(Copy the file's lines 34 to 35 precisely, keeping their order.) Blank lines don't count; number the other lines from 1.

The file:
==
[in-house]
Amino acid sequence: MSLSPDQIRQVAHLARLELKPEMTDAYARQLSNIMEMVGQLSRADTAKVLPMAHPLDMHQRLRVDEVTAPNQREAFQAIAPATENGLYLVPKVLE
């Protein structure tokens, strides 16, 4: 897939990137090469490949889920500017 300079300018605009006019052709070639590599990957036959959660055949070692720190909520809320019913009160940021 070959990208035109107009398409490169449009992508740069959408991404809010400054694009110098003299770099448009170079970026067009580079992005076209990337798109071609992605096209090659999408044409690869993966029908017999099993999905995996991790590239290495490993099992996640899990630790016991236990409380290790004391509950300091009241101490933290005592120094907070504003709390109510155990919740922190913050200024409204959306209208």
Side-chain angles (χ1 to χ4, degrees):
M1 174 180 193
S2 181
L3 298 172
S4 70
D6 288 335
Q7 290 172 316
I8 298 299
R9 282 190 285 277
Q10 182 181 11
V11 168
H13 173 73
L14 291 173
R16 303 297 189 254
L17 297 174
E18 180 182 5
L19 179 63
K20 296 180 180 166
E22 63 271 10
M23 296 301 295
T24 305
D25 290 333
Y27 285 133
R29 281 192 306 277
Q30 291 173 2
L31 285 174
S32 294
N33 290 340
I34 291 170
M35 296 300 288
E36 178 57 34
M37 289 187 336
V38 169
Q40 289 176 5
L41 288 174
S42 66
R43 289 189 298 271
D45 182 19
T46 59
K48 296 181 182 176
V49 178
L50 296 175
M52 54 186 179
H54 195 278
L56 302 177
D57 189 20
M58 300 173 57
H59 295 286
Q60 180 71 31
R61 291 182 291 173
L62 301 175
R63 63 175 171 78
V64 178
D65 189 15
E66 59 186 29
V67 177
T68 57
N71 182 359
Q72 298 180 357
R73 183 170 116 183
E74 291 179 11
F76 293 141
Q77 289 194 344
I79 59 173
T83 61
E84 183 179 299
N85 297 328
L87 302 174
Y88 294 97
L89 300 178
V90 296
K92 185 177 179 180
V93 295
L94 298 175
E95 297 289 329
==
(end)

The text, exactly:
E36 178 57 34
M37 289 187 336